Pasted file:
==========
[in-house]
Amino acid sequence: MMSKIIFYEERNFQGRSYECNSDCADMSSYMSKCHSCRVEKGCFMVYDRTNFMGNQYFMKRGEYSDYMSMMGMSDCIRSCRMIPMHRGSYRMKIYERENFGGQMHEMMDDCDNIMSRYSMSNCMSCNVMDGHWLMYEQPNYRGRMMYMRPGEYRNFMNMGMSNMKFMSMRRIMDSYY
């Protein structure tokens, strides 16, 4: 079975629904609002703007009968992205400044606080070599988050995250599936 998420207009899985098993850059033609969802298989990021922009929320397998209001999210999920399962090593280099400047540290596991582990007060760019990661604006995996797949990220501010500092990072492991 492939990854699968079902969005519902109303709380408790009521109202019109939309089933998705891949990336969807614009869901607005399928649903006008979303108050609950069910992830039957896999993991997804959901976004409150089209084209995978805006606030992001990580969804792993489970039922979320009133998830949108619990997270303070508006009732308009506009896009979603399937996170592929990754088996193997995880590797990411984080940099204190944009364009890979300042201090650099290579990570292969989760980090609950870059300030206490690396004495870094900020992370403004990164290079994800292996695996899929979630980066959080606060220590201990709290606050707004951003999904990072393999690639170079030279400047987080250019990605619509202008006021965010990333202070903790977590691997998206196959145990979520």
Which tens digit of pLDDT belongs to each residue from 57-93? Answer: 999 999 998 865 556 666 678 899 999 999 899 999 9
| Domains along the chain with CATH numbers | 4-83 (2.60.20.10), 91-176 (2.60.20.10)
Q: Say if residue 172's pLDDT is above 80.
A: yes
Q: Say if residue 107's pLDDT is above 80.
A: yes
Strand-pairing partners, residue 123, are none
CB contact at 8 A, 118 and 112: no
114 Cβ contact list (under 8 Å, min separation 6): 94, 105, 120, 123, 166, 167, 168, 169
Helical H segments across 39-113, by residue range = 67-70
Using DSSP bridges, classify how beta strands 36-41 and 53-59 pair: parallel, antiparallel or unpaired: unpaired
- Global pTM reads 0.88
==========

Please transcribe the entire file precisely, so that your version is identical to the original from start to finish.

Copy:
[in-house]
Amino acid sequence: MMSKIIFYEERNFQGRSYECNSDCADMSSYMSKCHSCRVEKGCFMVYDRTNFMGNQYFMKRGEYSDYMSMMGMSDCIRSCRMIPMHRGSYRMKIYERENFGGQMHEMMDDCDNIMSRYSMSNCMSCNVMDGHWLMYEQPNYRGRMMYMRPGEYRNFMNMGMSNMKFMSMRRIMDSYY
């Protein structure tokens, strides 16, 4: 079975629904609002703007009968992205400044606080070599988050995250599936 998420207009899985098993850059033609969802298989990021922009929320397998209001999210999920399962090593280099400047540290596991582990007060760019990661604006995996797949990220501010500092990072492991 492939990854699968079902969005519902109303709380408790009521109202019109939309089933998705891949990336969807614009869901607005399928649903006008979303108050609950069910992830039957896999993991997804959901976004409150089209084209995978805006606030992001990580969804792993489970039922979320009133998830949108619990997270303070508006009732308009506009896009979603399937996170592929990754088996193997995880590797990411984080940099204190944009364009890979300042201090650099290579990570292969989760980090609950870059300030206490690396004495870094900020992370403004990164290079994800292996695996899929979630980066959080606060220590201990709290606050707004951003999904990072393999690639170079030279400047987080250019990605619509202008006021965010990333202070903790977590691997998206196959145990979520």
Which tens digit of pLDDT belongs to each residue from 57-93? Answer: 999 999 998 865 556 666 678 899 999 999 899 999 9
| Domains along the chain with CATH numbers | 4-83 (2.60.20.10), 91-176 (2.60.20.10)
Q: Say if residue 172's pLDDT is above 80.
A: yes
Q: Say if residue 107's pLDDT is above 80.
A: yes
Strand-pairing partners, residue 123, are none
CB contact at 8 A, 118 and 112: no
114 Cβ contact list (under 8 Å, min separation 6): 94, 105, 120, 123, 166, 167, 168, 169
Helical H segments across 39-113, by residue range = 67-70
Using DSSP bridges, classify how beta strands 36-41 and 53-59 pair: parallel, antiparallel or unpaired: unpaired
- Global pTM reads 0.88